- EIA reports U.S. gasoline inventories fell for a third week
- U.S. crude supplies rose a fifth week to 480 million barrels
Oil climbed the most in eight weeks in New York as increasing U.S. refinery activity signaled the end of seasonal maintenance and higher crude demand.
West Texas Intermediate surged 6.3 percent after the Energy Information Administration said refineries boosted operating rates. U.S. refiners typically slow during September and October to perform maintenance during a low fuel demand period. Gasoline and distillate fuel stockpiles fell last week, while consumption rose. Crude supplies climbed 3.38 million barrels.
"The refinery data might be a sign that the maintenance season is winding down," said Rob Thummel, a managing director and portfolio manager at Tortoise Capital Advisors LLC in Leawood, Kansas, who helps manage $13.2 billion. "We’re seeing strong demand for gasoline, diesel and jet fuel in the U.S. Even through crude supplies are high, there seems to be a little bit of a shift in sentiment."
Oil has slid since a rally above $50 earlier this month as U.S. crude inventories rose to more than 100 million barrels above the five-year seasonal average. Futures have slumped more than 45 percent in the past year amid a global glut that the International Energy Agency estimates will remain until at least the middle of 2016.
WTI for December delivery increased $2.74 to settle at $45.94 a barrel on the New York Mercantile Exchange. It was the biggest gain since Aug. 31. The volume of all futures traded was 24 percent above the 100-day average at 2:35 p.m. The contract fell to $43.20 on Tuesday, the lowest close since Aug. 27.
Brent for December settlement rose $2.24, or 4.8 percent, to $49.05 a barrel on the London-based ICE Futures Europe exchange. The European benchmark crude closed at a $3.11 premium to WTI.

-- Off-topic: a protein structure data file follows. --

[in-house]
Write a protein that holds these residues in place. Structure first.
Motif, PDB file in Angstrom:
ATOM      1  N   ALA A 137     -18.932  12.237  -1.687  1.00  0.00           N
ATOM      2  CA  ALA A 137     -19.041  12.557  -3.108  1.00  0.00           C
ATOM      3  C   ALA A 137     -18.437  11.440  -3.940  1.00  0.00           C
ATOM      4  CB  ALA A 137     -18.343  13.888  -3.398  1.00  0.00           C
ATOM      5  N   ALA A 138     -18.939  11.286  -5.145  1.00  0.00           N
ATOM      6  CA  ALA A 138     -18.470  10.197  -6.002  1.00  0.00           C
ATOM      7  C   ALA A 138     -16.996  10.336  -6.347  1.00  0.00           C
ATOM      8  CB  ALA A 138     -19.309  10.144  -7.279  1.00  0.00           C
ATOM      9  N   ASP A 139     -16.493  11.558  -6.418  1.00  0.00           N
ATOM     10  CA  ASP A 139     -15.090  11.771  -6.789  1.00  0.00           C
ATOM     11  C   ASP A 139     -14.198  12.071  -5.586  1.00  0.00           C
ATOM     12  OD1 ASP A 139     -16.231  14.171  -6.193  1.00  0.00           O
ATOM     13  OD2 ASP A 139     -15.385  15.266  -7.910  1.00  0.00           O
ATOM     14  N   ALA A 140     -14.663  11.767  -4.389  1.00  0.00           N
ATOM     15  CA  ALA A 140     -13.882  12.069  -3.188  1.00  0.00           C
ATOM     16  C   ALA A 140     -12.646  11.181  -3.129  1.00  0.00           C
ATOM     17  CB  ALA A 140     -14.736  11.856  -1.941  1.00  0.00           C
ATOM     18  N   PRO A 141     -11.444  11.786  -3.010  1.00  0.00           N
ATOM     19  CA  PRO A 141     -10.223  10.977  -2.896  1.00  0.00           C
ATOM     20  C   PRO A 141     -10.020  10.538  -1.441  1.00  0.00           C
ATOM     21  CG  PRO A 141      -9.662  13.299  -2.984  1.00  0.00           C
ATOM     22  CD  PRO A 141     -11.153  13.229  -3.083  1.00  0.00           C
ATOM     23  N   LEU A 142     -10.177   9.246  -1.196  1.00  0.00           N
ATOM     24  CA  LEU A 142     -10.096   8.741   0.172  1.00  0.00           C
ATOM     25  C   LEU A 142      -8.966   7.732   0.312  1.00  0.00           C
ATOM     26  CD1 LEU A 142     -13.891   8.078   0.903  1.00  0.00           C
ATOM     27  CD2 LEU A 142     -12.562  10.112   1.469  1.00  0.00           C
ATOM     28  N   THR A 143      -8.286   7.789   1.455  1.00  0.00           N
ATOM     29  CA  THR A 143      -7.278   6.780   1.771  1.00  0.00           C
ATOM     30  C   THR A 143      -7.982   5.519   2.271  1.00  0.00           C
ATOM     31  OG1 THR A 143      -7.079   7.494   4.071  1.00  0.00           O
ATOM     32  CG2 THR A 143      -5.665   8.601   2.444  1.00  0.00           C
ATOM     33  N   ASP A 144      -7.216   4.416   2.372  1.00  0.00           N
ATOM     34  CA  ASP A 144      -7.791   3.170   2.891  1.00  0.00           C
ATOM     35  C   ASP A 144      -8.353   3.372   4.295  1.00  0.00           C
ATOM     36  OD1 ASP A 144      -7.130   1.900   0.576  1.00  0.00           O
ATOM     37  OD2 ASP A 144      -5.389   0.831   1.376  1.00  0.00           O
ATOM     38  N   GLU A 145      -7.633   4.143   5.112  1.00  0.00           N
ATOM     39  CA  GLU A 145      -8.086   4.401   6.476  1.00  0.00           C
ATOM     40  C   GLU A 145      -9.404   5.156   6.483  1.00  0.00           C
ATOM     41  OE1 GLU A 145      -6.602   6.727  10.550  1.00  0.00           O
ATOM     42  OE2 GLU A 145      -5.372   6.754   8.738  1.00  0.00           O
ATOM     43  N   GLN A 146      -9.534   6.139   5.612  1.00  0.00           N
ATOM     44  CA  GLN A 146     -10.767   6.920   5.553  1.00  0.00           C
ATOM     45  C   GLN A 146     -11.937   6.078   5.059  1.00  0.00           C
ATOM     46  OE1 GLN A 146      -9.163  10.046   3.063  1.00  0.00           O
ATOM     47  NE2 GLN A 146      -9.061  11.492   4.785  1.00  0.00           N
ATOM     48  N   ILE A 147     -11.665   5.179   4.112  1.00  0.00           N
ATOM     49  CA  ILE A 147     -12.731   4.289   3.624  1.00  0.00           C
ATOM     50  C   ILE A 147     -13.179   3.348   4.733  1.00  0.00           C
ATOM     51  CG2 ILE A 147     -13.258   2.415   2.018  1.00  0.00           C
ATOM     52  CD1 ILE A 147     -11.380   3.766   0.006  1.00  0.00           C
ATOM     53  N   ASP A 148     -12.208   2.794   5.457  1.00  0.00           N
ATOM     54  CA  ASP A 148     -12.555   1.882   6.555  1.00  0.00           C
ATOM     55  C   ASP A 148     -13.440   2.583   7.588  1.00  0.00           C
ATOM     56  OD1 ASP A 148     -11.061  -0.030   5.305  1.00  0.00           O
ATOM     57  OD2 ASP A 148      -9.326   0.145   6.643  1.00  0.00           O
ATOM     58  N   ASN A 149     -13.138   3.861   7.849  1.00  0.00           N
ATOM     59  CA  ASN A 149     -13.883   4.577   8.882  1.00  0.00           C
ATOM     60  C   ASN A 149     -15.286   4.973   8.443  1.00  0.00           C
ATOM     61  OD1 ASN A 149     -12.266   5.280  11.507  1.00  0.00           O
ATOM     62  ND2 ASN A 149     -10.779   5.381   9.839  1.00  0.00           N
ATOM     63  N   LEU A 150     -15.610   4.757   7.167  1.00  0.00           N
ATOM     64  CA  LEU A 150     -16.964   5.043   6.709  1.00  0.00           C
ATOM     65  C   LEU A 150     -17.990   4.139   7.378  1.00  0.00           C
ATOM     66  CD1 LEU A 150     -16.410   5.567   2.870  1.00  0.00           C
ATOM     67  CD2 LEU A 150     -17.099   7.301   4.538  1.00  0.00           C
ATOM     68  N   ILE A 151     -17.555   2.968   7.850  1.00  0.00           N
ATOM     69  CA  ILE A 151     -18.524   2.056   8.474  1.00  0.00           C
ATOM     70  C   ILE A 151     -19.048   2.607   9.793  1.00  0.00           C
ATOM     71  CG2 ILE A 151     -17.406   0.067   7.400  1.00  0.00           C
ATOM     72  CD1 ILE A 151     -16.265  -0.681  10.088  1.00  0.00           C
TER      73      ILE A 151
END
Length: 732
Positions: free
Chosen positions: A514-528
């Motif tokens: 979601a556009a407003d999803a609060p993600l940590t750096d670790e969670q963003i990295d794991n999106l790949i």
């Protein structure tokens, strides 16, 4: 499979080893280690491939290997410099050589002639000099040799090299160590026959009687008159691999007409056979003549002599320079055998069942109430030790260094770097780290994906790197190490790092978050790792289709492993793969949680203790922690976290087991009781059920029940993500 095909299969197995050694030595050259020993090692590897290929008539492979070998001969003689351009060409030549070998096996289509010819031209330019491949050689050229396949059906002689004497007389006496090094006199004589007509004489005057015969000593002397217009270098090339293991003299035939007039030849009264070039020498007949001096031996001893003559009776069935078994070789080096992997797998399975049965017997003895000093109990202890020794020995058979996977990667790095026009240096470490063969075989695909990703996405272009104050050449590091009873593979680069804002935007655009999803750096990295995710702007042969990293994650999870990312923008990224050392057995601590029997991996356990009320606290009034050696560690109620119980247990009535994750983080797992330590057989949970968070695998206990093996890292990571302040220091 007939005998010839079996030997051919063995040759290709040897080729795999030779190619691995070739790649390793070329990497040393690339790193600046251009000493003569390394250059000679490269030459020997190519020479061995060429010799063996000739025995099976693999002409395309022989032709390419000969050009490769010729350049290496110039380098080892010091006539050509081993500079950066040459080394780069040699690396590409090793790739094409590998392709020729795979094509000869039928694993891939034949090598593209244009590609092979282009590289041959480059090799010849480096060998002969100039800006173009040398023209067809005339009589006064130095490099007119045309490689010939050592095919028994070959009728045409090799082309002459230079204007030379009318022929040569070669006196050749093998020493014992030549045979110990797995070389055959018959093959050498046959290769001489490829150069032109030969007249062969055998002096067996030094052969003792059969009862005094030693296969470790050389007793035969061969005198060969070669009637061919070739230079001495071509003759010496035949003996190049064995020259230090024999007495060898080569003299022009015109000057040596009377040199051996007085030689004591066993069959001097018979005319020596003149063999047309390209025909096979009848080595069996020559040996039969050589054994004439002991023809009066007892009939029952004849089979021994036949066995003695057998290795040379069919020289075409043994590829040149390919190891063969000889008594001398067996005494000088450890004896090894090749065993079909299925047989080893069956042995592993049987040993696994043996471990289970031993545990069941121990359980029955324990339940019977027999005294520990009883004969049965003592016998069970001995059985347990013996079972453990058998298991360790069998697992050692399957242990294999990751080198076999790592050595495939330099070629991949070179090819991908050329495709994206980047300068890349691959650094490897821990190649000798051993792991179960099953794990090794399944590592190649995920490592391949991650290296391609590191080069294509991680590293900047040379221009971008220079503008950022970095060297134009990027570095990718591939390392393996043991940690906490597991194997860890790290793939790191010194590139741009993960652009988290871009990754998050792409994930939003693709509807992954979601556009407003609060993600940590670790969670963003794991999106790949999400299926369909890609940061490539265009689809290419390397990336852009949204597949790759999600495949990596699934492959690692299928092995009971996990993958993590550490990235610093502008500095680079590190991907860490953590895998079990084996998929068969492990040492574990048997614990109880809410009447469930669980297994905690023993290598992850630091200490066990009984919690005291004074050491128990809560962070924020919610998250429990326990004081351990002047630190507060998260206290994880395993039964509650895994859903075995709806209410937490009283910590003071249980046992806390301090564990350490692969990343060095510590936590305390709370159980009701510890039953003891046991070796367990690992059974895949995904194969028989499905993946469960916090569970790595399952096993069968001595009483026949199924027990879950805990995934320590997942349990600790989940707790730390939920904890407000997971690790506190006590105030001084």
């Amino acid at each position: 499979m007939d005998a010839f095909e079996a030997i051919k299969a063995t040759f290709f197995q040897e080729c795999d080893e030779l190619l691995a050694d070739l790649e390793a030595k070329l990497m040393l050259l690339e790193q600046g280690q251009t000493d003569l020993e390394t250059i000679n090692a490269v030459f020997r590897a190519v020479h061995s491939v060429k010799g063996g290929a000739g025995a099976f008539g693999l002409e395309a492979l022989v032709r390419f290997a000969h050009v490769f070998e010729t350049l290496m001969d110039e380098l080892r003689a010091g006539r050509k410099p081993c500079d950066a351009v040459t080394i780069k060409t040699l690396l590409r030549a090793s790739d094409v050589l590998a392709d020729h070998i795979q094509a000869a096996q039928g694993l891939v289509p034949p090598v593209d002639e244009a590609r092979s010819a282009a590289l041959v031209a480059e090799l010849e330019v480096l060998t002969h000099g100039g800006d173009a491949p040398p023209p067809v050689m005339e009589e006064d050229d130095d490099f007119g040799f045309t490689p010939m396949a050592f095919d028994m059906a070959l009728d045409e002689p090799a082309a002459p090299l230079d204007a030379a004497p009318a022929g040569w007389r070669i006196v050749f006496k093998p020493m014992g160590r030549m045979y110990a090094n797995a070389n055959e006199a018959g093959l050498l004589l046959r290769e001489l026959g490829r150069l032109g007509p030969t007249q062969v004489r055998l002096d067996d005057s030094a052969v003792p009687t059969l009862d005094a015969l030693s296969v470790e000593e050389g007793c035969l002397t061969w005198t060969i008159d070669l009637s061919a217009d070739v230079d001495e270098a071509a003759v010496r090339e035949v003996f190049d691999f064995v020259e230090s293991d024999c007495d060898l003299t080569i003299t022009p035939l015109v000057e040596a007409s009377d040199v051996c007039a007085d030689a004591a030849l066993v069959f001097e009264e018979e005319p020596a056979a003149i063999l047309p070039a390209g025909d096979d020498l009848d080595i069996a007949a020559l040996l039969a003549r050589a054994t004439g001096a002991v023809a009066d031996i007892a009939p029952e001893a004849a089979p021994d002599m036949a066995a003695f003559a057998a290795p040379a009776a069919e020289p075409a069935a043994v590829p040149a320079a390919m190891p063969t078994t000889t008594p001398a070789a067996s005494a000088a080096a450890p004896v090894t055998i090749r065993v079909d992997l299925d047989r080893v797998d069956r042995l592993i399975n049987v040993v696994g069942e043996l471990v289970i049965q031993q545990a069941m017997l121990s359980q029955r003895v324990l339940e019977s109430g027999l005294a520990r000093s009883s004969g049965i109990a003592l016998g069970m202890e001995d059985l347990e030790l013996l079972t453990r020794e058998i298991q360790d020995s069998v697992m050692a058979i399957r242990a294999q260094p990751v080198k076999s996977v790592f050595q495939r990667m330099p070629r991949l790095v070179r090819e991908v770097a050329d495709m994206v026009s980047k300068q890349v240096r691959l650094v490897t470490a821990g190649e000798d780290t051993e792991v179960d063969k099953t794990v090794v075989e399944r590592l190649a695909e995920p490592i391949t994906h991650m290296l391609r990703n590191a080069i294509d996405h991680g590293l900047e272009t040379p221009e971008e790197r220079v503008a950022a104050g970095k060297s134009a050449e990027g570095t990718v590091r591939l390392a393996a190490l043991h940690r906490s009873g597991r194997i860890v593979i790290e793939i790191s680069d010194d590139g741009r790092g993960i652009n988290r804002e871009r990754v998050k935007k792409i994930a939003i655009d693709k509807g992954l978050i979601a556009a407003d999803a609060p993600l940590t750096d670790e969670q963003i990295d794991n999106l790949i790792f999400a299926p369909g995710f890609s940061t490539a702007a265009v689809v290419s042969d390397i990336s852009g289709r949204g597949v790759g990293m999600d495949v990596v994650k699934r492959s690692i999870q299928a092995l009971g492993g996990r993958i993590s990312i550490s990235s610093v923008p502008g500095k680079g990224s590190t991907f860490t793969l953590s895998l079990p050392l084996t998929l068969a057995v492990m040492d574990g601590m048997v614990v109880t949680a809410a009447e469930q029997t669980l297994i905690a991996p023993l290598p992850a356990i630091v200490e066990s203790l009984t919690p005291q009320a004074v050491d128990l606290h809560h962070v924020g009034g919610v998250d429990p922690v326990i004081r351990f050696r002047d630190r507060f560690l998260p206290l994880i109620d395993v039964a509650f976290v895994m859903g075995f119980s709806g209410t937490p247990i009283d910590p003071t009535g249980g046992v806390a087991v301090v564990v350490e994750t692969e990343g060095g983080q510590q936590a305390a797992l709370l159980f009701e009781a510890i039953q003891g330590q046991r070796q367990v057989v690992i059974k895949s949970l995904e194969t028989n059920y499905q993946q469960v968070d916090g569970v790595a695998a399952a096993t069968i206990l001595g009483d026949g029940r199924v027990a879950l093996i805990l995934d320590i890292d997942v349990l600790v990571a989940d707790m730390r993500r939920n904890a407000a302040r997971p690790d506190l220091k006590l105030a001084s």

Crude continued to rise after the Federal Reserve left interest rates unchanged, leaving open the option to tighten policy at a December meeting.
Refineries cut operating rates to 86 percent of capacity in the week ended Oct. 9, the least since January, EIA data show. Rates increased to 87.6 percent last week.
"The turnaround of refinery runs is supportive for the market," Mike Wittner, head of oil-market research in New York at Societe Generale AG, said by phone. "U.S. crude fuel production and crude demand should pick up."
Gasoline stockpiles dropped 1.14 million barrels to 218.6 million as demand jumped to the highest since August. Supplies of distillate fuel, a category that includes diesel and heating oil, fell 2.95 million barrels to 142.1 million, the lowest since July.
November gasoline futures rose 6.29 cents, or 4.9 percent, to $1.3501 a gallon. It was the biggest gain since Aug. 31.
Nationwide crude stockpiles rose to 480 million barrels in the week ended Oct. 23, the most since May. Inventories at Cushing, Oklahoma, the delivery point for WTI futures, declined 785,000 barrels.
"We’re still swimming in oil and it will take a long time to work off the 100 million extra barrels that we have in storage," Chip Hodge, who oversees a $9 billion natural-resource bond portfolio as senior managing director at John Hancock in Boston, said by phone. "This remains an oversupplied market. In the big scheme of things today’s rise from about $43 to more than $45 is no more than rounding."
U.S. crude output rose 16,000 barrels a day to 9.1 million last week. Production is down from a four-decade high of 9.61 million reached in June, weekly data show. Falling prices have spurred companies to curb drilling. The number of rigs targeting oil in the U.S. fell to 594 last week, a five-year low, data from oilfield-services company Baker Hughes Inc. show.
"The current crude oil price environment is unsustainable," Thummel said. "We’re going to have significant capital expenditure cuts for a second year. Supply will go down next year as demand goes higher."
Hess Corp. and Occidental Petroleum Corp. reported third-quarter losses Wednesday. Hess plans to cut spending by about 27 percent next year and projects a drop in oil and natural gas production.
BP Plc, one of the first companies to predict a prolonged price downturn, has “reset” its business to generate surplus cash flow with oil at about $60 by 2017, Brian Gilvary, the company’s chief financial officer, said Tuesday. It joins France’s Total SA, which last month unveiled investment cuts and project delays that will enable it to fund dividend payouts.